Festival Review: 5 Highlights from Bud Light Digital Dreams

Digital Dreams 985

1. The Energy on Day 2
Though mild in comparison to the Saturday storms, Sunday still had it’s fair share of terrible weather. As soon as I got to the Ontario Place entrance what I saw astonished me – ravers, by the thousands, all running excitedly towards the gates ready for the festival to kick off. While the artists, the lights, the sponsors are all integral in making Digital Dreams as successful as it has been these past years, at the core of it all are the fans. Throughout the festival all you could see amidst the rainy weather was fans dancing, jumping, laughing and not having a care in the world as they made the best of what wouldn’t be considered ideal festival conditions. No matter what came at Toronto, the true fans stuck by Digital Dreams and the city, continuing the tradition for years to come.

2. All Gone with Pete Tong
This was hands down the best stage of the entire festival, making my job to leave and cover other sets at the festival very difficult. The second day lineup on the TD Echo Beach hosted a perfect blend of unique sounds that while all being different, came together in cohesion to support the stage as a whole. It almost seemed as if it were one very well established dj playing a marathon set for 7 hours, starting with bouncy deep and tech house from Cosella and Anna Lunoe, then ending with a perfect techno finish from Dubfire’s hand in Deep Dish. Given that the festival was cut short to one day, this stage covered about every sound and genre within the techno and house umbrella, having a little something for all the diverse preferences in the audience.

3. Pete Tong Himself
While the entire stage was impeccably booked and presented, it was the man himself who absolutely destroyed it during his time slot. Having not been to Toronto in quite some while, Pete Tong took seconds to absorb and read the crowds energy to precisely curate his set to resonate perfectly with the audience. The expectations for his appearance were impossibly high which brings us to either conclusion; either Pete Tong is unable to feel pressure or the world’s best poker face. Enjoying himself throughout every song and grabbing the mic often to interact with the crowd, Pete Tong did what a few select legends are able to do – turn a festival stage filled with thousands of attendees into an intimate dance party.

4. Main Stage Effects
Apart from the big room tunes being played out by the dj’s, the Digital Dreams main stage had intense visuals that took the already buzzing energy of the crowd and multiplied it by a thousand. Whether it was flames shooting into the sky, massive dry ice cannons, or confetti covering the crowd like the rain showers earlier in the day; every massive build up and bass drop was intensified by the array of visuals never letting the energy in the crowd decrease even once.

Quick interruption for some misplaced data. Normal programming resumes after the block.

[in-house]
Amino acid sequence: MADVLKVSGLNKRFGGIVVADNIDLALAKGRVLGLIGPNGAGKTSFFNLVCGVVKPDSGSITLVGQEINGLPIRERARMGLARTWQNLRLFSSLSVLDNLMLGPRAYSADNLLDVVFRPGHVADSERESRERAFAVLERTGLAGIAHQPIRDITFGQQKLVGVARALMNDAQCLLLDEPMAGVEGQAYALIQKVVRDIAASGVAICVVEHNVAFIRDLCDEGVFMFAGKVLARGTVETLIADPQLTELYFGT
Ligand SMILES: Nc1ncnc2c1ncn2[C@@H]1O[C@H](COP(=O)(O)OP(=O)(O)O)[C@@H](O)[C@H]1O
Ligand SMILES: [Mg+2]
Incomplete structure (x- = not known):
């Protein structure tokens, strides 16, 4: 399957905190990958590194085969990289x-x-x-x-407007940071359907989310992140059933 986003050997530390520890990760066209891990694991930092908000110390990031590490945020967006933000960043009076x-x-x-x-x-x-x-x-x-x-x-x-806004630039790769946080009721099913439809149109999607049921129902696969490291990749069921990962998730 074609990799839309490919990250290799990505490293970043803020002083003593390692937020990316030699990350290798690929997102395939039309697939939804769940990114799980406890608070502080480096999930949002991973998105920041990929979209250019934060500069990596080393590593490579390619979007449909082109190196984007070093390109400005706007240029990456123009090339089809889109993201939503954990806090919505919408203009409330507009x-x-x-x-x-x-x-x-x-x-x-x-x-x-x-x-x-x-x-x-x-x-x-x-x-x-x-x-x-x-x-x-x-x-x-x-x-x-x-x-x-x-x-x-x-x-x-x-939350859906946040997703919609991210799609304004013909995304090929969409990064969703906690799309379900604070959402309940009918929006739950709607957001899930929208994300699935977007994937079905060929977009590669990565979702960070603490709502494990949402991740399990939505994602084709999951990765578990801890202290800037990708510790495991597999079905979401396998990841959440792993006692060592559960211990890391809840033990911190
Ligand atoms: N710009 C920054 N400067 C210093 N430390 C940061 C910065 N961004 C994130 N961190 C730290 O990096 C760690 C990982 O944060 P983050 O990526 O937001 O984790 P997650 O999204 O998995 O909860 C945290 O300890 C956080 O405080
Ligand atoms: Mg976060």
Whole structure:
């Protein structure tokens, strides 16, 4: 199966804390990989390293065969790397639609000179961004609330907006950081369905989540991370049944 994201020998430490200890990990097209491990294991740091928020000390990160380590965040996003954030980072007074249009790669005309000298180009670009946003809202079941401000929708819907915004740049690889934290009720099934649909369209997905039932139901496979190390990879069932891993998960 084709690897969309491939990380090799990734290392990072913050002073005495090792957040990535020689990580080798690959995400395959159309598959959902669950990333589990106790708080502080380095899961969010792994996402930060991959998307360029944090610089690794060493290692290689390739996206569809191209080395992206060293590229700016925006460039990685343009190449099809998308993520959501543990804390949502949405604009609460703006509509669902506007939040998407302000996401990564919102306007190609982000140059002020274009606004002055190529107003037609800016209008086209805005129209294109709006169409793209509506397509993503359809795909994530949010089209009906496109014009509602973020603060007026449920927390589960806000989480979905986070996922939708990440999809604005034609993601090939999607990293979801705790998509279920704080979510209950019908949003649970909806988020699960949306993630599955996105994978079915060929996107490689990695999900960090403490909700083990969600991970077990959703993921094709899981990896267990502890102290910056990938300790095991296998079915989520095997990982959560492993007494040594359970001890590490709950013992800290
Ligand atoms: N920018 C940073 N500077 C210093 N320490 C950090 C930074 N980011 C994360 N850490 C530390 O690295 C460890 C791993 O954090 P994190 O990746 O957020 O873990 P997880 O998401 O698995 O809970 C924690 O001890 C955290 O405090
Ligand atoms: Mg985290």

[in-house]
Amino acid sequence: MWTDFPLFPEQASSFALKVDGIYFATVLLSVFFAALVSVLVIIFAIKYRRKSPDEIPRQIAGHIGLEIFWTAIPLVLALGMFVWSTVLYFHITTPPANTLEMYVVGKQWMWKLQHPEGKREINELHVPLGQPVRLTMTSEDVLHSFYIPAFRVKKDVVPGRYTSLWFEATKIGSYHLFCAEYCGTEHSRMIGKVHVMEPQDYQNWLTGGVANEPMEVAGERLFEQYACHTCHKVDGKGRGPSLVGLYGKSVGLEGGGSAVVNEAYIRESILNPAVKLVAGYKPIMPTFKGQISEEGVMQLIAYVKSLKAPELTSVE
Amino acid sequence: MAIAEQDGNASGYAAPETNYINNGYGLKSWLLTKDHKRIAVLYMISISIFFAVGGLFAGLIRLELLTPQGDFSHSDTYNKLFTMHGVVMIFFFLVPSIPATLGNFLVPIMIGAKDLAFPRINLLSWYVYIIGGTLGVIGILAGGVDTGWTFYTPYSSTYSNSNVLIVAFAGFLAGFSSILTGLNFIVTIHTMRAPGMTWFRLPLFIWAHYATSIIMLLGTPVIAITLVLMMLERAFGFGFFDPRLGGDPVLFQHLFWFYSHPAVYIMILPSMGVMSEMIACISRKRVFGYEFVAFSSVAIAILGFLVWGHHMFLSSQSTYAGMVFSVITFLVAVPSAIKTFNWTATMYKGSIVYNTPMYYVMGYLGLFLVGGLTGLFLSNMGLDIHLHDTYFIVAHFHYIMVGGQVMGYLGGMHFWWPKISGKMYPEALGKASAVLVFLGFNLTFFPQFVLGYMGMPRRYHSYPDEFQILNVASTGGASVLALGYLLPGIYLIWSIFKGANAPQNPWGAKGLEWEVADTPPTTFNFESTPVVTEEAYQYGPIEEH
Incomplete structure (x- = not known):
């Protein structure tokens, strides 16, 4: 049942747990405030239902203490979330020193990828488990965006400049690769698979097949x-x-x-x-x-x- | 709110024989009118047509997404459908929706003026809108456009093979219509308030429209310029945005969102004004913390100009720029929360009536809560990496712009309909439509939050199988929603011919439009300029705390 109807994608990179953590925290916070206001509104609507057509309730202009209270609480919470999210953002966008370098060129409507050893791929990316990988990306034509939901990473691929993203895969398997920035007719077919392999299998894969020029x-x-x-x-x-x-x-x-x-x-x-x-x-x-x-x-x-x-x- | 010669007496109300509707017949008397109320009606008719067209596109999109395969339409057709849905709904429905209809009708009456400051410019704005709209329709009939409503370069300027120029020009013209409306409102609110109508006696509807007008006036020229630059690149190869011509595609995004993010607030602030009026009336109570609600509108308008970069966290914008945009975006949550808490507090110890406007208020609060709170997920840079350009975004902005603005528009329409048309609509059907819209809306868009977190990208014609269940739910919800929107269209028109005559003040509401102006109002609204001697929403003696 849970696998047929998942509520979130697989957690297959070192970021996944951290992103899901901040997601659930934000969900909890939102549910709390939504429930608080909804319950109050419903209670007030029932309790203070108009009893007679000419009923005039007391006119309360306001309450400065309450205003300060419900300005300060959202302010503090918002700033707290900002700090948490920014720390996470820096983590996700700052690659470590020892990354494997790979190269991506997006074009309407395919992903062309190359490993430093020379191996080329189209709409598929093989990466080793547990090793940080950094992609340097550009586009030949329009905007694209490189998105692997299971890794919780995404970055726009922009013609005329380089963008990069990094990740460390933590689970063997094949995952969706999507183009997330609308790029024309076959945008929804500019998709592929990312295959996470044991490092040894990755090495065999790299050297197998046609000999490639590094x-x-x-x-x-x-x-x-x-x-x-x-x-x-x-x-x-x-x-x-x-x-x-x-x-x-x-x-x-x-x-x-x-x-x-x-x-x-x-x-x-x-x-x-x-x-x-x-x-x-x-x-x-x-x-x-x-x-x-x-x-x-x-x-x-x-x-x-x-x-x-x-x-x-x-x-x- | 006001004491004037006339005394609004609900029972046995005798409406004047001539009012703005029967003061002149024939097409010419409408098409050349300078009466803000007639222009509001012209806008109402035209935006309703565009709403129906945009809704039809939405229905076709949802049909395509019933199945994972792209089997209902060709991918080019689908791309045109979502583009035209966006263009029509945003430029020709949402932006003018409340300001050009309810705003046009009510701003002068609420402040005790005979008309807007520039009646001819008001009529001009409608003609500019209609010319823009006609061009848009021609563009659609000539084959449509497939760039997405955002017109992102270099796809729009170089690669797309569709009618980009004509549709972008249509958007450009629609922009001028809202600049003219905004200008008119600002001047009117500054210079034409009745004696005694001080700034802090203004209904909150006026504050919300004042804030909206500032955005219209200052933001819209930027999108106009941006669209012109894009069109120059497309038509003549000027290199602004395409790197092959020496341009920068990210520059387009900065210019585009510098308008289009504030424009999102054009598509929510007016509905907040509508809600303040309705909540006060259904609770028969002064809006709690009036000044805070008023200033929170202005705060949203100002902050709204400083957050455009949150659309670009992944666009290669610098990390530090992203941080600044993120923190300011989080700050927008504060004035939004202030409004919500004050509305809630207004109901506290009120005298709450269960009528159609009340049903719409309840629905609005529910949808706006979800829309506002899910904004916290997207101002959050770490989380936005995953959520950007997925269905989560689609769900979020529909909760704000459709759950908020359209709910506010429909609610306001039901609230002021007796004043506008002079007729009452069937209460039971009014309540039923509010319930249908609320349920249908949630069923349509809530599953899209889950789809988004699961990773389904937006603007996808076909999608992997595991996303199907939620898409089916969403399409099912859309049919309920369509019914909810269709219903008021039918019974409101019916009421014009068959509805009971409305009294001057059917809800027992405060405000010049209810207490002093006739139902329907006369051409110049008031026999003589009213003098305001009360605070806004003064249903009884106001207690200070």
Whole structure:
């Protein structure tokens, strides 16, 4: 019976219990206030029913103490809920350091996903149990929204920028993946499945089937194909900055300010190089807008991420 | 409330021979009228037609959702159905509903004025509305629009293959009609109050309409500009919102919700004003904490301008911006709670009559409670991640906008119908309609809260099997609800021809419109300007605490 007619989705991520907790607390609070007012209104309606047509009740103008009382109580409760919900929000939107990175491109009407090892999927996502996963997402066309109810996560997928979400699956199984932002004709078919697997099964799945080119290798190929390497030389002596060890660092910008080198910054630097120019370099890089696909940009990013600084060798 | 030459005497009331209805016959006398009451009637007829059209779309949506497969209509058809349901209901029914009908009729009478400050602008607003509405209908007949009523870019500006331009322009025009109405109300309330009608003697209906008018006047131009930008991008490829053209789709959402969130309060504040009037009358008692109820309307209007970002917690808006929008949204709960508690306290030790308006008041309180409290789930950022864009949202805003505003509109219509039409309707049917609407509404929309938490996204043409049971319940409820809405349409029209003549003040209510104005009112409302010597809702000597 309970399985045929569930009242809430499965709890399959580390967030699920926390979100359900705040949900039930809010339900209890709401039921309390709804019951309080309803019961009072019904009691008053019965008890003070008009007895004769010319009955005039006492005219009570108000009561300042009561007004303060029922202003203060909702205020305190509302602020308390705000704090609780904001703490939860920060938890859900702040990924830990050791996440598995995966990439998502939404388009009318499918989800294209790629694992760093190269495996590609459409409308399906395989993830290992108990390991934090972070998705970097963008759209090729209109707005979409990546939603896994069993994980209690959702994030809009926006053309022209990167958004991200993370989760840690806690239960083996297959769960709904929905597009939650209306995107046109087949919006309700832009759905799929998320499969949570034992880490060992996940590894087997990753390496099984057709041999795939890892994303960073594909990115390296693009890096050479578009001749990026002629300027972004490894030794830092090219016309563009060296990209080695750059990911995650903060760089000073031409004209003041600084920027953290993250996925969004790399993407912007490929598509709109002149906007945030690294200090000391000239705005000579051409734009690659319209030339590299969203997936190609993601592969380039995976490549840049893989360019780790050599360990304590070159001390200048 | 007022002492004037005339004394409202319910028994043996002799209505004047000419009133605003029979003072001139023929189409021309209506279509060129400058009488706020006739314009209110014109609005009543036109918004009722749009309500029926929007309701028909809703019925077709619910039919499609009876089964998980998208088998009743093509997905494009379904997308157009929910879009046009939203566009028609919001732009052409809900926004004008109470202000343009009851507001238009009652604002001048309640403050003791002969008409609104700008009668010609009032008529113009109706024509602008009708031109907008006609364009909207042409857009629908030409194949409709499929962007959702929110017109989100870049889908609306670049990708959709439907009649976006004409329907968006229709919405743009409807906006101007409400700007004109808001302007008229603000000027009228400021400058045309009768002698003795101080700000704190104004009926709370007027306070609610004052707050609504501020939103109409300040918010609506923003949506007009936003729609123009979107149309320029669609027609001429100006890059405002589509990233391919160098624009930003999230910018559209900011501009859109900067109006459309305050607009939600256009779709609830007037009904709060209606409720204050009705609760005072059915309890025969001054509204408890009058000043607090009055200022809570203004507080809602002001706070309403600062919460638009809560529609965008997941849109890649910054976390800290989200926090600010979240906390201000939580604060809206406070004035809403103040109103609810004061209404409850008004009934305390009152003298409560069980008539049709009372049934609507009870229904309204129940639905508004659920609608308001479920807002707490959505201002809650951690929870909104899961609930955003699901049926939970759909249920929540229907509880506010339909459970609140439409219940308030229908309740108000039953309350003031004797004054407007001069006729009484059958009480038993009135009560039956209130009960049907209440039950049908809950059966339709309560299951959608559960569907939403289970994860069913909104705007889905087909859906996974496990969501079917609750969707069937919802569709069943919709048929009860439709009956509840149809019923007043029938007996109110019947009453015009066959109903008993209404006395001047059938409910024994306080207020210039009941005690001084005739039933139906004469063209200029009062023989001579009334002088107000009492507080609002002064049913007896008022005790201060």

5. Bacardi Stage Bass
The Bacardi Untameable stage catered to a dubstep crowd, probably having had the most outgoing party of all the stages. It was hard not to go absolutely buckwild upon stepping into the general vicinity of this stage and taking in the surroundings. Hundreds of fans all jumping around, unable to keep still from the massive anthems being ripped through the speakers. Highlight of this stage: Flux Pavillion’s “I Can’t Stop” being played and the crowd pushing the earth down ten feet from dancing and jumping so viciously.

Lowlight: Day 1 Cancelation
Due to weather conditions and for safety reasons, a cancellation notice was posted thirty minutes into the festival start time and a lot of festivsl goers were upset they would be missing some of their most anticipated acts. This was indeed disappointing but I think given the choice, we would all take losing a day of raving over an injury or worse from a potential stage collapse, electrical malfunction, or any of the multiple things that could have gone wrong had the festival continued. We can only hope the Saturday artists return to perform in Toronto soon.

Lowlight: DD Only Seven Hours
Being such a massively established festival, it was a downer that Bud Light Digital Dreams 2015 was seven hours in it’s entirety. While the second day still had some great performances, it was a huge bummer waiting an entire year for a one day event reduced in length. Unforeseen circumstances always happen and we can’t really blame the festival, but hopefully Digital Dreams 2016 holds a brighter future.

Written by Kaivan Adjedani

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